So like, you’re building your mansion, each room has its own four walls and you can go inside of those rooms anytime you want to, and then sometimes you need to close the door on your family. When you have your goals that you’re working on, and they’re very special and near and dear to your heart, creating those boundaries allows you to ask for what you need, meaning time to be left alone, even if it’s for an hour and lets those people know like, you know, I’m not unavailable forever just for a short amount of time. That allows you to compartmentalize your time effectively and doing the things you need to do, not only in your business, your relationships, but also for yourself. Some of my most important frameworks are around the intentional friendships that I’ve created and making space for that. So that’s my outtake on boundaries for now.
Mary: Yes, I agree. Boundaries are not walls to keep people out. They are the way that we stay healthy and keep people in and feel comfortable and protected in our own space. I wanna get back to this idea of when someone has a boundary that impacts us. Someone else’s boundary impacts us. And how sometimes that doesn’t feel great. Right? Can you tell me a little bit more about your experience with that?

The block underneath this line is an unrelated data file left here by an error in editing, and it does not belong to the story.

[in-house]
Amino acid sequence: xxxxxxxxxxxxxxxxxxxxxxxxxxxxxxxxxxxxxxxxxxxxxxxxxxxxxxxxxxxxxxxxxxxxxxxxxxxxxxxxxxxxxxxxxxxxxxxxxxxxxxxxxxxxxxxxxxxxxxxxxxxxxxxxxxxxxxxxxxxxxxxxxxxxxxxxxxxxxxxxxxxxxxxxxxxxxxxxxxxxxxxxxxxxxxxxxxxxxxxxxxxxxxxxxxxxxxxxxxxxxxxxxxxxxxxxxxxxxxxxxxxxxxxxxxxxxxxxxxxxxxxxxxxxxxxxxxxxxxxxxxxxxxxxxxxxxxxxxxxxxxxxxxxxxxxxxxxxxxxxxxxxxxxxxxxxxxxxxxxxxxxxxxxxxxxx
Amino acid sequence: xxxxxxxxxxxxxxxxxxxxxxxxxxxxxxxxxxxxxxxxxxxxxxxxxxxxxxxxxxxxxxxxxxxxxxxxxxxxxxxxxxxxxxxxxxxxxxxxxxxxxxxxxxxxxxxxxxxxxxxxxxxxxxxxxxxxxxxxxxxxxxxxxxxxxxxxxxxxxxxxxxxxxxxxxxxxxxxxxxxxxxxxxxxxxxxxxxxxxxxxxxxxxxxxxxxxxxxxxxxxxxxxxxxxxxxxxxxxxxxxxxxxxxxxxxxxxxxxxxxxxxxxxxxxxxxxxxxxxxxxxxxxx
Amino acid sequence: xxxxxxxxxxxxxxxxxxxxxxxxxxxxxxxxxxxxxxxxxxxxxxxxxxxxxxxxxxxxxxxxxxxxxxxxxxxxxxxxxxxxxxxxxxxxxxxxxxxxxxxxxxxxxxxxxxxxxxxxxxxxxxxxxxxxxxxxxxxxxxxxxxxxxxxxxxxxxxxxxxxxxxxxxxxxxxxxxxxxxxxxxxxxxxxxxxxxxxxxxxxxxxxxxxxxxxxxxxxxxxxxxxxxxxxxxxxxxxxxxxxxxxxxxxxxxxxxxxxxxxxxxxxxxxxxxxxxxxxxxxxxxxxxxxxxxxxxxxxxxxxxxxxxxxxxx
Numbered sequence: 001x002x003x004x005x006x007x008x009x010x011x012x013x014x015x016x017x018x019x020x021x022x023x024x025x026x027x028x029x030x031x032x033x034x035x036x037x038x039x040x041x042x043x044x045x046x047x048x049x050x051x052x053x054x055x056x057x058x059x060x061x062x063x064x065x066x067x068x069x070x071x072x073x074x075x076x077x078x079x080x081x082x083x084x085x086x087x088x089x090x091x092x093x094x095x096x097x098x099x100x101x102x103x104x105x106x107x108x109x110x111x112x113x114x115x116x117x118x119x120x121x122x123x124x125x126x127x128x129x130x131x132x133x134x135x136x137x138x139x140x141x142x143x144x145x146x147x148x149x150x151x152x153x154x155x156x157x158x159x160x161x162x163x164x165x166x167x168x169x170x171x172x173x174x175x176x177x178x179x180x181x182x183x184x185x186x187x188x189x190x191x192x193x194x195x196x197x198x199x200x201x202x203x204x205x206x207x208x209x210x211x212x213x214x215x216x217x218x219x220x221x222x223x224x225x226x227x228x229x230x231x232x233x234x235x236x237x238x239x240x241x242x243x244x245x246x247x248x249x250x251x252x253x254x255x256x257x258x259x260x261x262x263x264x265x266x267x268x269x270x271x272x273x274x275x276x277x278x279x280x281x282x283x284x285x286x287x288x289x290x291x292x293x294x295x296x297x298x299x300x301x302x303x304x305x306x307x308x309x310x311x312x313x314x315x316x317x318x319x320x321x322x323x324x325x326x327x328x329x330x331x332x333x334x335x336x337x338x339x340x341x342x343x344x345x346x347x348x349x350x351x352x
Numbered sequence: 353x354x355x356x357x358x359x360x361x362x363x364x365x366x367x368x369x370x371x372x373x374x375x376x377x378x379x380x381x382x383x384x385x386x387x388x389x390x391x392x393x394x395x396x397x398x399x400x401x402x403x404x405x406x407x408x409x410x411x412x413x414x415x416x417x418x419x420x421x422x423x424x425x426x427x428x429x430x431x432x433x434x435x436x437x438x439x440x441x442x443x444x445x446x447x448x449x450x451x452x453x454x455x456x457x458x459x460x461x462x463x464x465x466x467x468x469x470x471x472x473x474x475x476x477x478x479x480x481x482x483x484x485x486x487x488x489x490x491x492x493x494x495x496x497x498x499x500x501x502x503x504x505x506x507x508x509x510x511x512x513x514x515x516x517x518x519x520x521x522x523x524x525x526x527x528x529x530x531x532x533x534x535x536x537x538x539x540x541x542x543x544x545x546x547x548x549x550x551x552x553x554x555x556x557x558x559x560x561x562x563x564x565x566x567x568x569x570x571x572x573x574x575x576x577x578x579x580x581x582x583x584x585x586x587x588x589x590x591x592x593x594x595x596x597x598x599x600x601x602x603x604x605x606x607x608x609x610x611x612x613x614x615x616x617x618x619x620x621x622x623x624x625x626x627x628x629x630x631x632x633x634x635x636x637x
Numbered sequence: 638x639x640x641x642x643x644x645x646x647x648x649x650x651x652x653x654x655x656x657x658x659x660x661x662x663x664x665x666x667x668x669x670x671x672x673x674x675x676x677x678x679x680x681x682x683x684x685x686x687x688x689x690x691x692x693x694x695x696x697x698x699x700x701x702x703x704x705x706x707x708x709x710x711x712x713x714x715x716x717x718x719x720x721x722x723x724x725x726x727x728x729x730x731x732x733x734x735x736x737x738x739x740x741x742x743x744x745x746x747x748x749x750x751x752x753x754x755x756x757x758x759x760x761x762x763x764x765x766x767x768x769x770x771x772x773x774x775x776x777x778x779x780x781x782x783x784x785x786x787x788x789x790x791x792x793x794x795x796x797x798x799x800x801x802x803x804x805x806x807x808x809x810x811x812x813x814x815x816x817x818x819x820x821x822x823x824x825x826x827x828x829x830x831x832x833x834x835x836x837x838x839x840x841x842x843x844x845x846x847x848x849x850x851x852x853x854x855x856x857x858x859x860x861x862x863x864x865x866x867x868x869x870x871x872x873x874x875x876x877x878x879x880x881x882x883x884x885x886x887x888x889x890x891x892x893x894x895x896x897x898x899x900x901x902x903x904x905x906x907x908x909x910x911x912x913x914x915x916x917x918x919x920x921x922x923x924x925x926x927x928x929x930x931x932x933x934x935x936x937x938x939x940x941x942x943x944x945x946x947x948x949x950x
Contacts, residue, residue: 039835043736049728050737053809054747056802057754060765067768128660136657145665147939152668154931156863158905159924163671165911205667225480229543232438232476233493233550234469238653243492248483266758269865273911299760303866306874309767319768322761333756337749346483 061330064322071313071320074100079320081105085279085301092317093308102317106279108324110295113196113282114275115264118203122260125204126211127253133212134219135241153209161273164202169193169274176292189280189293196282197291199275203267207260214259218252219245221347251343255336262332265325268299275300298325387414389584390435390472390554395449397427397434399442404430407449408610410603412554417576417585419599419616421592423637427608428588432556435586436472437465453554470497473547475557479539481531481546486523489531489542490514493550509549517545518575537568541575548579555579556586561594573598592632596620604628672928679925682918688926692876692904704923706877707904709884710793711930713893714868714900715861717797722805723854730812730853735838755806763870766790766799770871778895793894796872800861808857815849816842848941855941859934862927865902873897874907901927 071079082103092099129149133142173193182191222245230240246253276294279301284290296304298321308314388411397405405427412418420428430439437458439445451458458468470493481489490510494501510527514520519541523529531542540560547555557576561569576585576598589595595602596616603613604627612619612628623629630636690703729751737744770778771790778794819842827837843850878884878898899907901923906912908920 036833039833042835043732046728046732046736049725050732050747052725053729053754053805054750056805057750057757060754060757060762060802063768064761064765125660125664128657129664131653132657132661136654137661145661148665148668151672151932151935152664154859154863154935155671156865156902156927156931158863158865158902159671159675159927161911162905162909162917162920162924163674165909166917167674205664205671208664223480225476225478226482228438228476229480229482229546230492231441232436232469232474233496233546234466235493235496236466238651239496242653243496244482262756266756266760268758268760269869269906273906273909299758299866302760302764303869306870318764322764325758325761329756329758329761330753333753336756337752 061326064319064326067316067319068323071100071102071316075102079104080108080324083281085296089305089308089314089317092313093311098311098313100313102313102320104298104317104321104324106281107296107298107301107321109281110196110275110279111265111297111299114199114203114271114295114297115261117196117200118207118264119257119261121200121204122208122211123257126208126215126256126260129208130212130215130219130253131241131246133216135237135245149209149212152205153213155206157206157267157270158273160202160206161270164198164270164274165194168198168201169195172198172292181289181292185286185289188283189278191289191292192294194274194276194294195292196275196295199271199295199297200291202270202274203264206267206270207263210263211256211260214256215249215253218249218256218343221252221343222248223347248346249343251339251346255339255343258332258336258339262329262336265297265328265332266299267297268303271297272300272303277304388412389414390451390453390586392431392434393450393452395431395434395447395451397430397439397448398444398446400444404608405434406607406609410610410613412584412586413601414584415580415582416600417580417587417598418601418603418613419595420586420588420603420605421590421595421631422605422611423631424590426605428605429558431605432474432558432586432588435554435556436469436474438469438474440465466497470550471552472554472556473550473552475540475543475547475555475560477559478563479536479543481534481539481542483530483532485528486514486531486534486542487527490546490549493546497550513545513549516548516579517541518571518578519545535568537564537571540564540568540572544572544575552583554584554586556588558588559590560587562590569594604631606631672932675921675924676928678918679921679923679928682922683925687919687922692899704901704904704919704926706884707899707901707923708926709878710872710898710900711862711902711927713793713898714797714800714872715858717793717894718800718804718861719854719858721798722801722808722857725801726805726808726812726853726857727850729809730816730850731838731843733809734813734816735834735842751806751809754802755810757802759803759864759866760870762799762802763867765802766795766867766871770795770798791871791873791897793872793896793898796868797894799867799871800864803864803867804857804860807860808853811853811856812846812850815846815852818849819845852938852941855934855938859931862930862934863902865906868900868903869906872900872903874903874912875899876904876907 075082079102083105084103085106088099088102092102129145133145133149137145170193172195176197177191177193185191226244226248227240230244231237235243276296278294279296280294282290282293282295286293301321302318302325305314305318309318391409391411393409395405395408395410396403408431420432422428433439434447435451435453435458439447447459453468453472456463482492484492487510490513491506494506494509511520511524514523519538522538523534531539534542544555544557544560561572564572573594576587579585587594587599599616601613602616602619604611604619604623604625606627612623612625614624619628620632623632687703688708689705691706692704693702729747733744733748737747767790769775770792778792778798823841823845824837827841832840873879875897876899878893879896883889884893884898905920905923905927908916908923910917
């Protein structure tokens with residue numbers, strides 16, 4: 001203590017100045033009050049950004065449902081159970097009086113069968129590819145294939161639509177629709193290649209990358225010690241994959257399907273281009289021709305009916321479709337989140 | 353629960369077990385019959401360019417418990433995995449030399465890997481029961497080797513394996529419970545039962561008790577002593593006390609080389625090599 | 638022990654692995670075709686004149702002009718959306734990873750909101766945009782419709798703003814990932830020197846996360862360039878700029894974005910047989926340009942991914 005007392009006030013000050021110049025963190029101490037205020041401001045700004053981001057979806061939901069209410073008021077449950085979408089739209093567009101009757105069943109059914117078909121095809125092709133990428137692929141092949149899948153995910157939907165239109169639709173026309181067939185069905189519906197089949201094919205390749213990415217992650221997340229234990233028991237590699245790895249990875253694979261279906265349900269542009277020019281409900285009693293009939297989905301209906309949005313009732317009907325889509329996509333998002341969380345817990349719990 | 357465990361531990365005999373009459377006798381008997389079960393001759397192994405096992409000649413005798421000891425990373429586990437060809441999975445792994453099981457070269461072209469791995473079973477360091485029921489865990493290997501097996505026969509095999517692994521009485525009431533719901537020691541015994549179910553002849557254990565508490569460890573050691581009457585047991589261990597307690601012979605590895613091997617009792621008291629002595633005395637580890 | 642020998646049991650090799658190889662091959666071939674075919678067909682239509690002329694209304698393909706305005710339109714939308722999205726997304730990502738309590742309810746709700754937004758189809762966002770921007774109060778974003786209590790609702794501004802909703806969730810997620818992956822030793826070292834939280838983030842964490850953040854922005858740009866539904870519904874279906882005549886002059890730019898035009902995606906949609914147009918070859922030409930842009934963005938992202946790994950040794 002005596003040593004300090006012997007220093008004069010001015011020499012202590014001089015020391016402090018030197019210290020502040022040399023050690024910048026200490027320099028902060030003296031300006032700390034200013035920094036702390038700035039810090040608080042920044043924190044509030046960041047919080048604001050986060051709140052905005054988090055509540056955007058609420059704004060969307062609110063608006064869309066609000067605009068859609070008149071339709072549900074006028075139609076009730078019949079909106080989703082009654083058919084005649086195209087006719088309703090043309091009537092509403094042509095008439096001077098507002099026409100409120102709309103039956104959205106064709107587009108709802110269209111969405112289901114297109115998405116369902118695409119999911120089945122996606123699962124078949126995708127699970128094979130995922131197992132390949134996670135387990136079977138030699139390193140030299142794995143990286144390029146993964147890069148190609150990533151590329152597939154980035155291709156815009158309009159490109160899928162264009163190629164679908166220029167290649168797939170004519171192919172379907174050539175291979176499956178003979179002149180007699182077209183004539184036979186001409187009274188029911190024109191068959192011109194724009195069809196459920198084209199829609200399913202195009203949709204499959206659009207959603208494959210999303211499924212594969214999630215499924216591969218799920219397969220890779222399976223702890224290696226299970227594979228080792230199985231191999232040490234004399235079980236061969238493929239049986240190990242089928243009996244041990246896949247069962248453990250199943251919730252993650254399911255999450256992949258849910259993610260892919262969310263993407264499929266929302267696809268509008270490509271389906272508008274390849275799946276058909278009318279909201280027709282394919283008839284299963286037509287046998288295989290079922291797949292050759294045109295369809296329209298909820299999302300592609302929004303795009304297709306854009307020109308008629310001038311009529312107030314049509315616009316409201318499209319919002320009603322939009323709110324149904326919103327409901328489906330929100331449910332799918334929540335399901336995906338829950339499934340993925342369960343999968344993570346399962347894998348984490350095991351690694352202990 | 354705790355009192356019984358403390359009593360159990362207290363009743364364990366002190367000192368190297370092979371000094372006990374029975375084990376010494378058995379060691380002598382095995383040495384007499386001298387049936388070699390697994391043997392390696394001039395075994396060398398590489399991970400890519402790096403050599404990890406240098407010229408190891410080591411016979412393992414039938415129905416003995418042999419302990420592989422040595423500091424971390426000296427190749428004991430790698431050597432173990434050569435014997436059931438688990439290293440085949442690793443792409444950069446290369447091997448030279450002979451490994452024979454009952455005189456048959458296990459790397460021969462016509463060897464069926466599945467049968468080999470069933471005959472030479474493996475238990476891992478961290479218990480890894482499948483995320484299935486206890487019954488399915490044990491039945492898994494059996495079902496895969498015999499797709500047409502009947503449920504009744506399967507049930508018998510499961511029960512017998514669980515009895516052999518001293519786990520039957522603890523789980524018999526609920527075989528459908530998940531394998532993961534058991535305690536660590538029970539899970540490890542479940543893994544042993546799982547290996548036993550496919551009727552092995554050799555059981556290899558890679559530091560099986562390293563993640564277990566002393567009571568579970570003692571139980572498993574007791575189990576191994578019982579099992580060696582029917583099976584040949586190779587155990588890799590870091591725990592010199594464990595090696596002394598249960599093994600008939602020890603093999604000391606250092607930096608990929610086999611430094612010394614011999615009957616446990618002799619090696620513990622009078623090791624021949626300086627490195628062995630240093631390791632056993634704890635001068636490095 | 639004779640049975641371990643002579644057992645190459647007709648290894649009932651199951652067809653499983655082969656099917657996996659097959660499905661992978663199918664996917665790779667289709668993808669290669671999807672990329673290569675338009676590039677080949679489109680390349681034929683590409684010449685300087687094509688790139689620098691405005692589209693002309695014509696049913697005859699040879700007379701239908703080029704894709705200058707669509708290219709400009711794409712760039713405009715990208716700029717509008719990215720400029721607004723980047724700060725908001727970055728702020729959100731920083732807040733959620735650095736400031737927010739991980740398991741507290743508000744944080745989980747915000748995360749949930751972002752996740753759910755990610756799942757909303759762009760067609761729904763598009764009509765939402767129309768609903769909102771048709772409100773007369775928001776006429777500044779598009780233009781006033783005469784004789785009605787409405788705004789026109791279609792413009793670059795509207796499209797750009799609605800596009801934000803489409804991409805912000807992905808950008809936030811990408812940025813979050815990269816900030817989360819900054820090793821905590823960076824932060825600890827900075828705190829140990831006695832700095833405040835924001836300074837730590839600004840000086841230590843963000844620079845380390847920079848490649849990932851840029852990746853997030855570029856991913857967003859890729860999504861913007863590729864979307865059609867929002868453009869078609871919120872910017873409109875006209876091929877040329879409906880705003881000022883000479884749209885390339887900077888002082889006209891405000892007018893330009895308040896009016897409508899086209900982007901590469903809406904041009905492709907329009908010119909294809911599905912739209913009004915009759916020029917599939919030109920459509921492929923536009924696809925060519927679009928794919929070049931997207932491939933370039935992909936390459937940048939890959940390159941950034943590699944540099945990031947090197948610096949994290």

Chris: Yeah. Now that I know more, I can perceive it from both directions.
Mary: Well, maybe before you knew more, what was that like before you knew more?
Chris: Ok. So the before version of me would consider boundaries like cinder block walls and are keeping me out. Which can set you up for resentment and rejection.